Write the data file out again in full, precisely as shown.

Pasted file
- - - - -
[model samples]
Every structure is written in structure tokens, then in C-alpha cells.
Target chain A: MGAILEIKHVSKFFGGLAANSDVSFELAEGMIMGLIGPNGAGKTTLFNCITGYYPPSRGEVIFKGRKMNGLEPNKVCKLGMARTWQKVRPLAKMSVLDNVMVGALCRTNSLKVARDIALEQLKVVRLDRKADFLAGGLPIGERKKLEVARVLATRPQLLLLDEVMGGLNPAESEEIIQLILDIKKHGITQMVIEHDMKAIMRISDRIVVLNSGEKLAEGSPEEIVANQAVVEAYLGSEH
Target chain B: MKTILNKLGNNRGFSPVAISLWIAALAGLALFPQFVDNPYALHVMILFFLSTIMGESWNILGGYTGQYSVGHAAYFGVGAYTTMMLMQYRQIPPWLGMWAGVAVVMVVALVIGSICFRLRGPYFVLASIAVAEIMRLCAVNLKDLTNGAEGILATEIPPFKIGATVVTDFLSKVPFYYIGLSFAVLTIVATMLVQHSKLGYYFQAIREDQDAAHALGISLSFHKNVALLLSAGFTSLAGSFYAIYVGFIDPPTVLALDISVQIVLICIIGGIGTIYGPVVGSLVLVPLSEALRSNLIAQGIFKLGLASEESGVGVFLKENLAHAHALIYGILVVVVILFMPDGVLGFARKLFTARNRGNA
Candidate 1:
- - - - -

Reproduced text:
[model samples]
Every structure is written in structure tokens, then in C-alpha cells.
Target chain A: MGAILEIKHVSKFFGGLAANSDVSFELAEGMIMGLIGPNGAGKTTLFNCITGYYPPSRGEVIFKGRKMNGLEPNKVCKLGMARTWQKVRPLAKMSVLDNVMVGALCRTNSLKVARDIALEQLKVVRLDRKADFLAGGLPIGERKKLEVARVLATRPQLLLLDEVMGGLNPAESEEIIQLILDIKKHGITQMVIEHDMKAIMRISDRIVVLNSGEKLAEGSPEEIVANQAVVEAYLGSEH
Target chain B: MKTILNKLGNNRGFSPVAISLWIAALAGLALFPQFVDNPYALHVMILFFLSTIMGESWNILGGYTGQYSVGHAAYFGVGAYTTMMLMQYRQIPPWLGMWAGVAVVMVVALVIGSICFRLRGPYFVLASIAVAEIMRLCAVNLKDLTNGAEGILATEIPPFKIGATVVTDFLSKVPFYYIGLSFAVLTIVATMLVQHSKLGYYFQAIREDQDAAHALGISLSFHKNVALLLSAGFTSLAGSFYAIYVGFIDPPTVLALDISVQIVLICIIGGIGTIYGPVVGSLVLVPLSEALRSNLIAQGIFKLGLASEESGVGVFLKENLAHAHALIYGILVVVVILFMPDGVLGFARKLFTARNRGNA
Candidate 1: